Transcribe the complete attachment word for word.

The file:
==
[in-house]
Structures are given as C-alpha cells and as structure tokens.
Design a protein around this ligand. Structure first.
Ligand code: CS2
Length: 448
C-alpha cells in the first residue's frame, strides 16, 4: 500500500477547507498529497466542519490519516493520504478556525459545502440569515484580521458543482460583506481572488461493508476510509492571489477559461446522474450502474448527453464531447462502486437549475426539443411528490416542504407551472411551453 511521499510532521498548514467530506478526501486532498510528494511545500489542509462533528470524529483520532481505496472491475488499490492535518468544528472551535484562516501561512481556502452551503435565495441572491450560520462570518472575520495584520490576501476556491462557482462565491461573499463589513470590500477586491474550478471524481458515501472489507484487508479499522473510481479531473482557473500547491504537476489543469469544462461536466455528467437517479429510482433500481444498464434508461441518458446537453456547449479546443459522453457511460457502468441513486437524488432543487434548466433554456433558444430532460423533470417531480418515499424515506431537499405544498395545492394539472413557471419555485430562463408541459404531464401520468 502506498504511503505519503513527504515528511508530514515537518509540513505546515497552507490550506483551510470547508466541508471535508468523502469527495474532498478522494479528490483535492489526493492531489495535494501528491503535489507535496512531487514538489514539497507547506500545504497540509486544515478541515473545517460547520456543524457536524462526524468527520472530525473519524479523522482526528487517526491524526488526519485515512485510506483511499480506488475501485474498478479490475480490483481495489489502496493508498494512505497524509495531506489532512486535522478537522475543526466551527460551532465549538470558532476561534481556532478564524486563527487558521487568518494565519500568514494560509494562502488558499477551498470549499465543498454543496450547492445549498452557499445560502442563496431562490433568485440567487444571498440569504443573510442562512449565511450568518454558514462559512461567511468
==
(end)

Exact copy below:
[in-house]
Structures are given as C-alpha cells and as structure tokens.
Design a protein around this ligand. Structure first.
Ligand code: CS2
Length: 448
C-alpha cells in the first residue's frame, strides 16, 4: 500500500477547507498529497466542519490519516493520504478556525459545502440569515484580521458543482460583506481572488461493508476510509492571489477559461446522474450502474448527453464531447462502486437549475426539443411528490416542504407551472411551453 511521499510532521498548514467530506478526501486532498510528494511545500489542509462533528470524529483520532481505496472491475488499490492535518468544528472551535484562516501561512481556502452551503435565495441572491450560520462570518472575520495584520490576501476556491462557482462565491461573499463589513470590500477586491474550478471524481458515501472489507484487508479499522473510481479531473482557473500547491504537476489543469469544462461536466455528467437517479429510482433500481444498464434508461441518458446537453456547449479546443459522453457511460457502468441513486437524488432543487434548466433554456433558444430532460423533470417531480418515499424515506431537499405544498395545492394539472413557471419555485430562463408541459404531464401520468 502506498504511503505519503513527504515528511508530514515537518509540513505546515497552507490550506483551510470547508466541508471535508468523502469527495474532498478522494479528490483535492489526493492531489495535494501528491503535489507535496512531487514538489514539497507547506500545504497540509486544515478541515473545517460547520456543524457536524462526524468527520472530525473519524479523522482526528487517526491524526488526519485515512485510506483511499480506488475501485474498478479490475480490483481495489489502496493508498494512505497524509495531506489532512486535522478537522475543526466551527460551532465549538470558532476561534481556532478564524486563527487558521487568518494565519500568514494560509494562502488558499477551498470549499465543498454543496450547492445549498452557499445560502442563496431562490433568485440567487444571498440569504443573510442562512449565511450568518454558514462559512461567511468